After media reports last week first implicated Iftikhar, 32, the chief justice called hearings and then recused himself from the panel of judges hearing the case.
So far, there’s been no suggestion that Chaudhry benefited financially from Hussain’s alleged dealings with Iftikhar, or that the money led to favorable treatment by the courts.
Chaudhry took on the country’s last military dictator and is widely lauded as a hero in Pakistan. He has hauled military and intelligence officials up before the courts on charges of ordering extrajudicial executions and forced the prime minister to answer charges he shielded the president against corruption accusations. In April, the Supreme Court ruled that Gilani should be disqualified from office – though he remains in the job.
But many in Pakistan are asking how Chaudhry could have failed to notice that his son was amassing wealth.
In an 83-page submission to the court, Hussain claimed that Iftikhar “victimized and blackmailed” him and failed to deliver on promises to get him “relief” from the court cases pending against him. Hussain said he picked up a $163,000 tab for three holidays and separately paid $3.4 million in cash to Iftikhar in four installments, although he didn’t offer any proof of paying the cash.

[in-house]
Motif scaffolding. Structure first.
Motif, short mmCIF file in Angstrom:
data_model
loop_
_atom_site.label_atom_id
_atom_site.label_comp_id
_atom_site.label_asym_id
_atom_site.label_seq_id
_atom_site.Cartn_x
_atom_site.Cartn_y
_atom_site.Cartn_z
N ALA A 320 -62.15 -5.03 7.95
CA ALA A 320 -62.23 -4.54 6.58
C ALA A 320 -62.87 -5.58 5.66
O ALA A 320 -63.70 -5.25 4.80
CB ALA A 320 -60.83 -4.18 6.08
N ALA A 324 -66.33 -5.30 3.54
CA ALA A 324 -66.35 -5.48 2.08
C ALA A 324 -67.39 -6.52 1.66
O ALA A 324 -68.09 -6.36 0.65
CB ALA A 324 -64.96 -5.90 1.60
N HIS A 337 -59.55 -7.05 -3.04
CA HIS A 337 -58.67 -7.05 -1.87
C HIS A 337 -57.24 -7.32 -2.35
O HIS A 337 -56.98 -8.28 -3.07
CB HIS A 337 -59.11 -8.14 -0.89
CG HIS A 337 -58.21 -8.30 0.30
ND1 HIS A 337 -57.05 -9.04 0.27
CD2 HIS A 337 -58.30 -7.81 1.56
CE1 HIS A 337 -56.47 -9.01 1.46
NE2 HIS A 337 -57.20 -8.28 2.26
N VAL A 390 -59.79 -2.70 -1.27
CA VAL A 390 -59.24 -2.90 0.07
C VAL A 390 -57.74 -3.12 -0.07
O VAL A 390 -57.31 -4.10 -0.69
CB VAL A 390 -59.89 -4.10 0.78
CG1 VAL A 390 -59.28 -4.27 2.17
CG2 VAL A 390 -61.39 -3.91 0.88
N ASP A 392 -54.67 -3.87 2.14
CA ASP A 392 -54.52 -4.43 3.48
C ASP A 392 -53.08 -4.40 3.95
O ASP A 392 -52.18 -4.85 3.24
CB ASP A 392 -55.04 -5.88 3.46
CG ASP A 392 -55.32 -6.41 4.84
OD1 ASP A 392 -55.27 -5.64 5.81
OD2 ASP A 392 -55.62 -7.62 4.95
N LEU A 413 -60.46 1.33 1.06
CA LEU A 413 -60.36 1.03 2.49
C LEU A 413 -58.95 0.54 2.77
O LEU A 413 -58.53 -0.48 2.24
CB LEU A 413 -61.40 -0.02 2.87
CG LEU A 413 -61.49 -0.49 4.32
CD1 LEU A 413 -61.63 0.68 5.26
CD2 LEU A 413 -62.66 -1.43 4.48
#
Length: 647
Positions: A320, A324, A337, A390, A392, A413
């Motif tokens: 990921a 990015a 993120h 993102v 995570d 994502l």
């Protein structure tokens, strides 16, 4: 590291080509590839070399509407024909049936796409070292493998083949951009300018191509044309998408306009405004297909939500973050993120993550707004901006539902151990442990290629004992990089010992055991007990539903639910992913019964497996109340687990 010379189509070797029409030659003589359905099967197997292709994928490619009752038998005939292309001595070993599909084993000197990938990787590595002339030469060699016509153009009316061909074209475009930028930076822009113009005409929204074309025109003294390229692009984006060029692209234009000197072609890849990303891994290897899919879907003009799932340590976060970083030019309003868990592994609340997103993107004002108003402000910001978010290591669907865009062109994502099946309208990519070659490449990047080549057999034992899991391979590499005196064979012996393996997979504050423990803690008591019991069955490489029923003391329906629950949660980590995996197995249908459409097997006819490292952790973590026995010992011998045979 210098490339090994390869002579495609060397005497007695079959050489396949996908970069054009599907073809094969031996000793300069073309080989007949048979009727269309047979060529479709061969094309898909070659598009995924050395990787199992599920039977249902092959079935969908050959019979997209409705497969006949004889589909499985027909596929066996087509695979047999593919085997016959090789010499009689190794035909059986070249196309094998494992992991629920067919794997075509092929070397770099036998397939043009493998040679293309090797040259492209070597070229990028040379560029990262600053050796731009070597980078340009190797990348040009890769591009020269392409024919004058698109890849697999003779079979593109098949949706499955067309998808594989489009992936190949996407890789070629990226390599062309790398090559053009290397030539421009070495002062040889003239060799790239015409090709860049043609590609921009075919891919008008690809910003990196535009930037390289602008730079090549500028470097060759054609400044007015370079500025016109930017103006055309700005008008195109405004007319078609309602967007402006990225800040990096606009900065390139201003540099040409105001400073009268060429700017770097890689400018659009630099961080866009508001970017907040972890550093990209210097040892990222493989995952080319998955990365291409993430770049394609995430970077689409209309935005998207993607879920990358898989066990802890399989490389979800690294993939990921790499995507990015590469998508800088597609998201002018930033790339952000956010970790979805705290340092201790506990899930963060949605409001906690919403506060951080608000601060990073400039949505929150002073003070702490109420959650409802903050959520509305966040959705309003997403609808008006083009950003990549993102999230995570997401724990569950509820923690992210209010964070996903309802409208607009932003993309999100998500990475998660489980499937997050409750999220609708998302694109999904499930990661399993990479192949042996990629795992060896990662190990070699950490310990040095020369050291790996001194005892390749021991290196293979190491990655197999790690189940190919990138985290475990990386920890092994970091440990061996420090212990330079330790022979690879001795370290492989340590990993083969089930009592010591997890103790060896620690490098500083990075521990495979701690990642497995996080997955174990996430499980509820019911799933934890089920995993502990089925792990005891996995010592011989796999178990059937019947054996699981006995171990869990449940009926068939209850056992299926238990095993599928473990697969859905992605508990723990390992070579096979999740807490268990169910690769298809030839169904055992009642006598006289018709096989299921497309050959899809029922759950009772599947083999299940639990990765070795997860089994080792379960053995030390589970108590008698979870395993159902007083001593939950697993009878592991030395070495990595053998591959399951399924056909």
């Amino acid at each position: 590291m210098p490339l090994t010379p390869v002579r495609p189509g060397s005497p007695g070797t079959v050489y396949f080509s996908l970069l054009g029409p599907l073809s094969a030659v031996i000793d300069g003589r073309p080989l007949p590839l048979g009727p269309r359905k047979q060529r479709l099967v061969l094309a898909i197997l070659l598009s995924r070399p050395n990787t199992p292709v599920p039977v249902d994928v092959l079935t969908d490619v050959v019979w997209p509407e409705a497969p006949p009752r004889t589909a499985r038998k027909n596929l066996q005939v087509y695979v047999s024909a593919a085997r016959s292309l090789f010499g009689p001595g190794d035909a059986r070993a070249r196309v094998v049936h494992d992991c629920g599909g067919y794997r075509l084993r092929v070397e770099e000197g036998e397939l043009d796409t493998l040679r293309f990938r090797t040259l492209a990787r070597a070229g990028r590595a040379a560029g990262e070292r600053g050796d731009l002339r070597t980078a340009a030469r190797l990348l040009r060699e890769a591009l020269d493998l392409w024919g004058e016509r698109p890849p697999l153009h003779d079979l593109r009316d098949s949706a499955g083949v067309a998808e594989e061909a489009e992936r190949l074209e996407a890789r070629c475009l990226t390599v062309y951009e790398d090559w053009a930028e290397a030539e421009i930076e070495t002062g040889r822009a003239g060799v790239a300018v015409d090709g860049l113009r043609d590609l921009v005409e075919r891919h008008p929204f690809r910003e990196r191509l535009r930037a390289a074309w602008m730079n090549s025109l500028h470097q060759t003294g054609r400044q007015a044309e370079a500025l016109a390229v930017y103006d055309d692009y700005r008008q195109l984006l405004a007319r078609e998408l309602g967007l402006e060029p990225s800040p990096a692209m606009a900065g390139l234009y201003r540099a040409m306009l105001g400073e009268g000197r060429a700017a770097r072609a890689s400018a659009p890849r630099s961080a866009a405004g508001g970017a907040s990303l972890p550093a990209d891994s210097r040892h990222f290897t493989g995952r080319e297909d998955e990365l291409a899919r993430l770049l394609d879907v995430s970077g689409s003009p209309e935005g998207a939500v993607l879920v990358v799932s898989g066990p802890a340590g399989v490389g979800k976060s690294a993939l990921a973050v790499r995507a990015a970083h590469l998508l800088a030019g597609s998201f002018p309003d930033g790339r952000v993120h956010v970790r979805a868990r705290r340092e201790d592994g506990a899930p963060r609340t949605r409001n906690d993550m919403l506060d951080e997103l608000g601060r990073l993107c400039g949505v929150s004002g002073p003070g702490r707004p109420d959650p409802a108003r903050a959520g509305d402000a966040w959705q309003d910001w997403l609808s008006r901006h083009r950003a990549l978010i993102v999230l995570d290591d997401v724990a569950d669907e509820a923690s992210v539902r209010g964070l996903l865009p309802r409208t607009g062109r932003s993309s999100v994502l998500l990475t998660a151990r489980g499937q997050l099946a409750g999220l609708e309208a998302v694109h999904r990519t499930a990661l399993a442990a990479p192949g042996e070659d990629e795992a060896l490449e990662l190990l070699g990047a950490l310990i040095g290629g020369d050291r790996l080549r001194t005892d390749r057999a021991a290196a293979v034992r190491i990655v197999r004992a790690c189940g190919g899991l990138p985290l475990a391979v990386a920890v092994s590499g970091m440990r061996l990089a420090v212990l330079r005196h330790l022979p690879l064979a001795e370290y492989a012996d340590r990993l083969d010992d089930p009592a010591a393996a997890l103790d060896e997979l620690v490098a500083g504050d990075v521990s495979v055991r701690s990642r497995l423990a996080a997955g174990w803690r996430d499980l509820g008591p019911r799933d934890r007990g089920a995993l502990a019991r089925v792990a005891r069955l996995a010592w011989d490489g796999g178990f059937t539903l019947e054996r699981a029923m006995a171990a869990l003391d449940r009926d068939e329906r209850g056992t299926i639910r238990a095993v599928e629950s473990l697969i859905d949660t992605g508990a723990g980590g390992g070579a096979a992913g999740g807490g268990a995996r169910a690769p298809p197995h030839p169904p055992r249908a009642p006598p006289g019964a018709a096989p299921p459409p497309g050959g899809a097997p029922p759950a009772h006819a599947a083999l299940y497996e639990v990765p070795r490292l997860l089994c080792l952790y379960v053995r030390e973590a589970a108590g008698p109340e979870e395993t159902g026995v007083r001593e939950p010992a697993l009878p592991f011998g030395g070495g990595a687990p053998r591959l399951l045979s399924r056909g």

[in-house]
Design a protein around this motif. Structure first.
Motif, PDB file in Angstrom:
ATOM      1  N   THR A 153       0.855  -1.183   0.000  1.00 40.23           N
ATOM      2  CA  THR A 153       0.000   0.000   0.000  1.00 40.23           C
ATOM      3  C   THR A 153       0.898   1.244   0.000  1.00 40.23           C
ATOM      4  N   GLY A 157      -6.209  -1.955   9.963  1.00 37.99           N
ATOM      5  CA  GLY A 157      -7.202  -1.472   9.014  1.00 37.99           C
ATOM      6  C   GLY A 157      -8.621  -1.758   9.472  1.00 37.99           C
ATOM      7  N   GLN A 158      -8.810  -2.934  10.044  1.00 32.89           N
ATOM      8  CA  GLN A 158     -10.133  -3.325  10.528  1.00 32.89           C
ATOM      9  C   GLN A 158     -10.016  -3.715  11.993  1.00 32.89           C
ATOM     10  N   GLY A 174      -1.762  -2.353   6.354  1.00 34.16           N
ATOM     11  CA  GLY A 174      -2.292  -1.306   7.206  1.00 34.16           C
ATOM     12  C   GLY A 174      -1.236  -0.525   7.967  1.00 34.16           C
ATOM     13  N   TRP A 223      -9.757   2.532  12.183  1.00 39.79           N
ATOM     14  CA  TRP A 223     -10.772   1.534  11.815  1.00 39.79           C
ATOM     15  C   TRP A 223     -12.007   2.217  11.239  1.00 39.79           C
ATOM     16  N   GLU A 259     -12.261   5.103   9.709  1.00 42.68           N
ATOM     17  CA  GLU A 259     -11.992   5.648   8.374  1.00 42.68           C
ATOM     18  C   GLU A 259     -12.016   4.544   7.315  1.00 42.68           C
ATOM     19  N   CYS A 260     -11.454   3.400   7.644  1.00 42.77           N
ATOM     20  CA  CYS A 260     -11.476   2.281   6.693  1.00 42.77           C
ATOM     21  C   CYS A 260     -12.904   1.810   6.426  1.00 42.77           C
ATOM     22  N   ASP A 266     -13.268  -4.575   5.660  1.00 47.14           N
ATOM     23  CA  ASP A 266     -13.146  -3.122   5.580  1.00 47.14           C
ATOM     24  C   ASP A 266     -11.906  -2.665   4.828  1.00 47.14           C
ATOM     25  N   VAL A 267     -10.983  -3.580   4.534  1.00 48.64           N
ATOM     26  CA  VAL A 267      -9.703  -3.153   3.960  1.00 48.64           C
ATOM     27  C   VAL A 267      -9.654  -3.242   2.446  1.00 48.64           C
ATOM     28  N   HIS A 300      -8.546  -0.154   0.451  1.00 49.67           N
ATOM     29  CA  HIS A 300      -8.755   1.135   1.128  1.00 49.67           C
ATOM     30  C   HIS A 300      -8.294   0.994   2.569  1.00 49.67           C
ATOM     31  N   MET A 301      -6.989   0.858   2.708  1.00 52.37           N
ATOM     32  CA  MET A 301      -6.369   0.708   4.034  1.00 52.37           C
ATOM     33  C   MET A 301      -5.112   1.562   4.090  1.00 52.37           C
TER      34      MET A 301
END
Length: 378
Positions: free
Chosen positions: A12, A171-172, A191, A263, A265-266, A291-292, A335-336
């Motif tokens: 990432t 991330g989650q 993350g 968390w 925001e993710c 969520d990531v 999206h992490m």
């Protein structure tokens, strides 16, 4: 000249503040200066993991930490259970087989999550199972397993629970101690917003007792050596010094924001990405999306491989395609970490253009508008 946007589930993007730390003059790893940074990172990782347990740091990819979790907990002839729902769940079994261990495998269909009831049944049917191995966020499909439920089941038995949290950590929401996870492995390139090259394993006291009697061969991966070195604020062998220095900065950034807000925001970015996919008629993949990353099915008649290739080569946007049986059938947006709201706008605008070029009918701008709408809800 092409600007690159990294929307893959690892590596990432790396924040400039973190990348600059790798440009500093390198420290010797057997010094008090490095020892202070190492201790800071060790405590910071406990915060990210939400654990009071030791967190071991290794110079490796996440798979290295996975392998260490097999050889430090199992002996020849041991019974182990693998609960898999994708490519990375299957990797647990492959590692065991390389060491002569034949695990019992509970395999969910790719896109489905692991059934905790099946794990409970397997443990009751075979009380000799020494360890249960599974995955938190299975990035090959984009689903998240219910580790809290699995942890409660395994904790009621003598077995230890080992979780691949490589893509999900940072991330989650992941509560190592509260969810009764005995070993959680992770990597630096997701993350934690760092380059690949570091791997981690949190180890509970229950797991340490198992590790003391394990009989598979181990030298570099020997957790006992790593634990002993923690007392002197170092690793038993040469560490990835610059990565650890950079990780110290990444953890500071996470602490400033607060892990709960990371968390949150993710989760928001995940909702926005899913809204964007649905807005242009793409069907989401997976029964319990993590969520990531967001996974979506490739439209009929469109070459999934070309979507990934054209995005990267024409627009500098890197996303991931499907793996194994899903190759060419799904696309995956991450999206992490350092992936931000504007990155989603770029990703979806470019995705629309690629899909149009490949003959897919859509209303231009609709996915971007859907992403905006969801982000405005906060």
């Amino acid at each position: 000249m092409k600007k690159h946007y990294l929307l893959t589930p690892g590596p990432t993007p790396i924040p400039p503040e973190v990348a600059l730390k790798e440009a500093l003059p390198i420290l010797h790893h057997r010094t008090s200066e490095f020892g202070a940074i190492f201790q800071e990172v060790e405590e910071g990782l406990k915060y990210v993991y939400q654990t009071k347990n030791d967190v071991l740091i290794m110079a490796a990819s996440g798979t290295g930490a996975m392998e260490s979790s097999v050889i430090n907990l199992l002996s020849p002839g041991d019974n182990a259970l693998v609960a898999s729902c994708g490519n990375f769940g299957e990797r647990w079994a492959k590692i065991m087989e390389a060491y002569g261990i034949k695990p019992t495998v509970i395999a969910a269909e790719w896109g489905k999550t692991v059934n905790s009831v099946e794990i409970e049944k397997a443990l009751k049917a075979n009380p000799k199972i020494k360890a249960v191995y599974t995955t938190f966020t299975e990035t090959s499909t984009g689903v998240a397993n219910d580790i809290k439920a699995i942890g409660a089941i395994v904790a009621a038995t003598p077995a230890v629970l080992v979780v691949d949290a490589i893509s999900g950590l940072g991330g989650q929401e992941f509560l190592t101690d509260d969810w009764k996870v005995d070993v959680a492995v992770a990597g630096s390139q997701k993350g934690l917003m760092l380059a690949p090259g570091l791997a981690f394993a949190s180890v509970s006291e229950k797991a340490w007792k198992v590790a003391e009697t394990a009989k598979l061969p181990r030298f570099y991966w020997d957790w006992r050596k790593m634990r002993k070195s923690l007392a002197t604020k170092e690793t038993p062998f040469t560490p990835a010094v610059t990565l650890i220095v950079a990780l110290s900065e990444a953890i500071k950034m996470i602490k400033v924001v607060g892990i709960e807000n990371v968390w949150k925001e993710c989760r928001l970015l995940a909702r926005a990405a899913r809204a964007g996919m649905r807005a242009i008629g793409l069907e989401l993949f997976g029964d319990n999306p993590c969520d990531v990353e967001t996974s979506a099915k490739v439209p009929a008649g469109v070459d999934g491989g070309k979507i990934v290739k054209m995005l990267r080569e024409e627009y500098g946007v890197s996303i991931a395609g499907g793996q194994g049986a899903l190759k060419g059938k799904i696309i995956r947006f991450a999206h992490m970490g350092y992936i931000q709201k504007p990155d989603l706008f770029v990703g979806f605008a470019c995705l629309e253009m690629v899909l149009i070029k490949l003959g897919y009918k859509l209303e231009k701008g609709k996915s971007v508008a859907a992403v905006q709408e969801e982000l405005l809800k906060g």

In court papers, Iftikhar admitted that someone else paid about $47,000 for his stays in London but that he repaid the money. But the rent was initially paid by Zaid Rehman, who appears to have links to Hussain and Bahria Town. Iftikhar’s mother and sisters accompanied him on at least some of the trips, raising further questions about how the chief justice was not suspicious of the lavish visits.
Chaudhry was removed from his job in 2007 by the then U.S.-backed military ruler of Pakistan, Gen. Pervez Musharraf. That led to a popular movement led by thousands of lawyers for his restoration to office, turning him into an icon. After Zardari’s party won elections in 2008, he bowed to more protests and made Chaudhry chief justice again in March 2009.